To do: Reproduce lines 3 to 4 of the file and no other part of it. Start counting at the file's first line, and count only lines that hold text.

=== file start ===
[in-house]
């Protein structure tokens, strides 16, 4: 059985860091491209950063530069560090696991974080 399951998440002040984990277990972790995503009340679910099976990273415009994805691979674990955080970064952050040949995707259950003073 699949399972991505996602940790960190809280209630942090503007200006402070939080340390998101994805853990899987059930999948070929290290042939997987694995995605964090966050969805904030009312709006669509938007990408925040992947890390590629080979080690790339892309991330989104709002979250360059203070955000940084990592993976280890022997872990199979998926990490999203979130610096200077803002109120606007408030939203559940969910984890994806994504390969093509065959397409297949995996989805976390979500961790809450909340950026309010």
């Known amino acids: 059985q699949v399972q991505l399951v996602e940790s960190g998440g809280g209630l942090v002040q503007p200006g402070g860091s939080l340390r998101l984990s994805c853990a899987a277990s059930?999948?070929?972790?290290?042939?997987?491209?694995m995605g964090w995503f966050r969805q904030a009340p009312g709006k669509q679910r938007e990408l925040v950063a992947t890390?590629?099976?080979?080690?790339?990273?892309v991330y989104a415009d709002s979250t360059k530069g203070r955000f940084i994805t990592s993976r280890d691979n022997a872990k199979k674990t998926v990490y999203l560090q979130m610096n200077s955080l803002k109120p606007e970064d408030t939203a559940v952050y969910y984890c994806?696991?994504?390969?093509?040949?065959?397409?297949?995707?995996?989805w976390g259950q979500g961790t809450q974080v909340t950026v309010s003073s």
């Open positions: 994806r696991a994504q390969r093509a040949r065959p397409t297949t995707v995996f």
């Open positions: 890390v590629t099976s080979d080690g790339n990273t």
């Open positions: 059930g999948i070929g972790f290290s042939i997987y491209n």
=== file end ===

């Known amino acids: 059985q699949v399972q991505l399951v996602e940790s960190g998440g809280g209630l942090v002040q503007p200006g402070g860091s939080l340390r998101l984990s994805c853990a899987a277990s059930?999948?070929?972790?290290?042939?997987?491209?694995m995605g964090w995503f966050r969805q904030a009340p009312g709006k669509q679910r938007e990408l925040v950063a992947t890390?590629?099976?080979?080690?790339?990273?892309v991330y989104a415009d709002s979250t360059k530069g203070r955000f940084i994805t990592s993976r280890d691979n022997a872990k199979k674990t998926v990490y999203l560090q979130m610096n200077s955080l803002k109120p606007e970064d408030t939203a559940v952050y969910y984890c994806?696991?994504?390969?093509?040949?065959?397409?297949?995707?995996?989805w976390g259950q979500g961790t809450q974080v909340t950026v309010s003073s």
């Open positions: 994806r696991a994504q390969r093509a040949r065959p397409t297949t995707v995996f």